What Makes Earl Grey Tea Different from Other Black Teas?
It's all about that bergamot
This article originally appeared on Extra Crispy
If the ever-growing collection of tea paraphernalia on my desk is any indication, I suppose I have a bit of a reputation for my morning tea habit. Yep, I drink black tea, not coffee, every morning when I get into the office. (And because the coffee enthusiasts always seemed shocked by this: It's not that I don't love coffee. I do! I have it sometimes. I just suddenly become very aware of my quickening heart rate whenever I drink it. Not great for the ol' anxiety.) But as I've gotten more settled into my tea-drinking routine, a few habits have emerged: I drink it out of my Extra Crispy mug; I always drink it black—no cream or sugar or nut particle water here; and I always drink Earl Grey.
In the early days, before I knew anything about what I was actually drinking, all I knew is that Earl Grey tasted better than English Breakfast—the two black teas usually on offer at your typical brunch joint or coffee shop. English Breakfast is pleasant, and when it comes to a sweet little caffeine jolt, it certainly does the trick, but there's nothing particularly interesting about it. Earl Grey, however, offers a little something special. There's a bright and welcome bitterness to the flavor, a lot like a citrus rind. The scent is delicate and memorable at the same time. It's a lovely, gentler way to start the day. And it makes my heart flutter instead of race.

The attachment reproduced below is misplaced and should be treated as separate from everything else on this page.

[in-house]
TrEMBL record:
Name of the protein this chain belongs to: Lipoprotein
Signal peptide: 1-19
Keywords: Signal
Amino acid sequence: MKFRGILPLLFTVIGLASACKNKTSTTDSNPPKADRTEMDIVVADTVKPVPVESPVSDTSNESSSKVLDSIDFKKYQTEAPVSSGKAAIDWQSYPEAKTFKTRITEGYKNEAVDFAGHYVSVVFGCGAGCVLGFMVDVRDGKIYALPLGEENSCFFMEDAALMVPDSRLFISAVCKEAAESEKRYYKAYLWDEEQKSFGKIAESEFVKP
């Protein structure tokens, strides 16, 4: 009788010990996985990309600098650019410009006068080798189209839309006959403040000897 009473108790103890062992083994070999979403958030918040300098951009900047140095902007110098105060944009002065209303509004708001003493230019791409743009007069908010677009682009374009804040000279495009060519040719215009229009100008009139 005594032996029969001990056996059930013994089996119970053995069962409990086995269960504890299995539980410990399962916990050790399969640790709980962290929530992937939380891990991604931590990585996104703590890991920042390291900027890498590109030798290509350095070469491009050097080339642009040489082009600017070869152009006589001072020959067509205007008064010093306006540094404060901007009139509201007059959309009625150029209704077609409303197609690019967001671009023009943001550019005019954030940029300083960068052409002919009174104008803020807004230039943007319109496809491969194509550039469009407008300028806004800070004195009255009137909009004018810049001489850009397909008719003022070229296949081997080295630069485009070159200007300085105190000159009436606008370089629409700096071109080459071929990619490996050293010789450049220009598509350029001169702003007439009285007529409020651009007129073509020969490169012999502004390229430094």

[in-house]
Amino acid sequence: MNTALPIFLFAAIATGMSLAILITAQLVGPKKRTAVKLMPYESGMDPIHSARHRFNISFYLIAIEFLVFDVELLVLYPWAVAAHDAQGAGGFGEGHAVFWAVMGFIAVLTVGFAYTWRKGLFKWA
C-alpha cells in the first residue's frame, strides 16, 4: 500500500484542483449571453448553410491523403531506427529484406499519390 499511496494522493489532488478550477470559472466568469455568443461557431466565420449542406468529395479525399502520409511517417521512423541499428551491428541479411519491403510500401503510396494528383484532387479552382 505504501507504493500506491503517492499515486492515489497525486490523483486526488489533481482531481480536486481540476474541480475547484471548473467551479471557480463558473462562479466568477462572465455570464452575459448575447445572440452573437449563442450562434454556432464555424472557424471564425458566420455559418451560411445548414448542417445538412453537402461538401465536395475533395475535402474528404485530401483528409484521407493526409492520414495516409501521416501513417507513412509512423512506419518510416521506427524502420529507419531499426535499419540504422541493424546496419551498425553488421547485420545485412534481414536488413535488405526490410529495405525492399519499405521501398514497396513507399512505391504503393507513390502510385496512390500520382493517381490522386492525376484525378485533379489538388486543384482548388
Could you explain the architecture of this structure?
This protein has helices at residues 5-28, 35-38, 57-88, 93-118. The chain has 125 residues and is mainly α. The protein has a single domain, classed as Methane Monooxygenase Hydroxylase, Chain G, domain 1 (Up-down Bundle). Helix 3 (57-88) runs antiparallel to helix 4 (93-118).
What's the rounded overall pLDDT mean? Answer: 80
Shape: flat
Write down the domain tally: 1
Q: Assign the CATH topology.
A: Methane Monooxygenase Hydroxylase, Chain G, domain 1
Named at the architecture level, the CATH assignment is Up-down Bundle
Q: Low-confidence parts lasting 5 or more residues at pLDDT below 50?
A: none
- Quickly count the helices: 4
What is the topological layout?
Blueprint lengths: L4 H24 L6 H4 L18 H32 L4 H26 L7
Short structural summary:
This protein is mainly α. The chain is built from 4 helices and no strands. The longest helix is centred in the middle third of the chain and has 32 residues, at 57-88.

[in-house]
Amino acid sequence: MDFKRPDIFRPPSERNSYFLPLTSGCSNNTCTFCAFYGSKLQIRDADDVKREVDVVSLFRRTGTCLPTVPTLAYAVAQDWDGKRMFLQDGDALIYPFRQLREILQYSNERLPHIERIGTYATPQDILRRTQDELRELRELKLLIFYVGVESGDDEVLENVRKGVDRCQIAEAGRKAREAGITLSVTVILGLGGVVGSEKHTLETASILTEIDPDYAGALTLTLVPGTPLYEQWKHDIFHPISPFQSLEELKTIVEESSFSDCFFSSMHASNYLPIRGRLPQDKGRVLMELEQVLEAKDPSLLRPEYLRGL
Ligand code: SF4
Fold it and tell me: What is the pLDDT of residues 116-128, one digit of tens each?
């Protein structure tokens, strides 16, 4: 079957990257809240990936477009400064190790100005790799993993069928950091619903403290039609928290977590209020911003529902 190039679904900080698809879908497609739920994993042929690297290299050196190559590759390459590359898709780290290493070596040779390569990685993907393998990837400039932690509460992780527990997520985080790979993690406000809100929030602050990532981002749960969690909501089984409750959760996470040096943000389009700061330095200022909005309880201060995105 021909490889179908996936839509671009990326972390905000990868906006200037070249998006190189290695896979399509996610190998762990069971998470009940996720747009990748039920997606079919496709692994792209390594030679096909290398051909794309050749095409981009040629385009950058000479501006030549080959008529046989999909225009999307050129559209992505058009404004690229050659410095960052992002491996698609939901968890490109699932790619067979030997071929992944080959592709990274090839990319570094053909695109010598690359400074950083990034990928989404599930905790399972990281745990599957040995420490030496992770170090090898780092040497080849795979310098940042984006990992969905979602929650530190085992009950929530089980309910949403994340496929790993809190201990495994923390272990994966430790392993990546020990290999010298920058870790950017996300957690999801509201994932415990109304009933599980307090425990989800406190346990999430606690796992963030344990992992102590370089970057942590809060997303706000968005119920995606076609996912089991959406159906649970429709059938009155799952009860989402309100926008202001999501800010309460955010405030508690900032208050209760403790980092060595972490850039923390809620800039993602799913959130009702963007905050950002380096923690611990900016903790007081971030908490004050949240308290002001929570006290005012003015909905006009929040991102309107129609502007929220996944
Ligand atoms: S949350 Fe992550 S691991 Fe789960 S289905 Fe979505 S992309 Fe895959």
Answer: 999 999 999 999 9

The citrus notes in Earl Grey tea come from a fruit called bergamot. To make Earl Grey tea, leaves from the camellia sinensis plant—a typical tea plant—are combined with bergamot oil, which is the essence extracted from the fruit's skin. Bergamot grows primarily in Calabria, Italy, but you can find it and other similar sour oranges in the south of France, Cote d'Ivoire, southern Turkey, and the southwest United States. About the size and shape of an orange, bergamot typically has the same yellow-green skin as a lemon. The fruit appears in marmalades, juices, and even Scandinavian smokeless tobacco.
The tea itself is thought to be named after Earl Charles Grey, who served as the British prime minister from 1830-1834. As one of the stories goes, the prime minister received black tea with bergamot oil as a gift from an envoy returning from China. But London tea house Jacksons of Picadilly claims the original Earl Grey recipe has never left their hands since receiving the recipe from the earl himself in 1830. Whatever the origin, the Earl Grey blend was never trademarked, allowing the black tea and bergamot combination to be interpreted and blended by tea makers the world over.
Also, according to a 2010 British survey, liking Earl Grey over other black teas apparently makes me posh. And to that I say: pinkies out.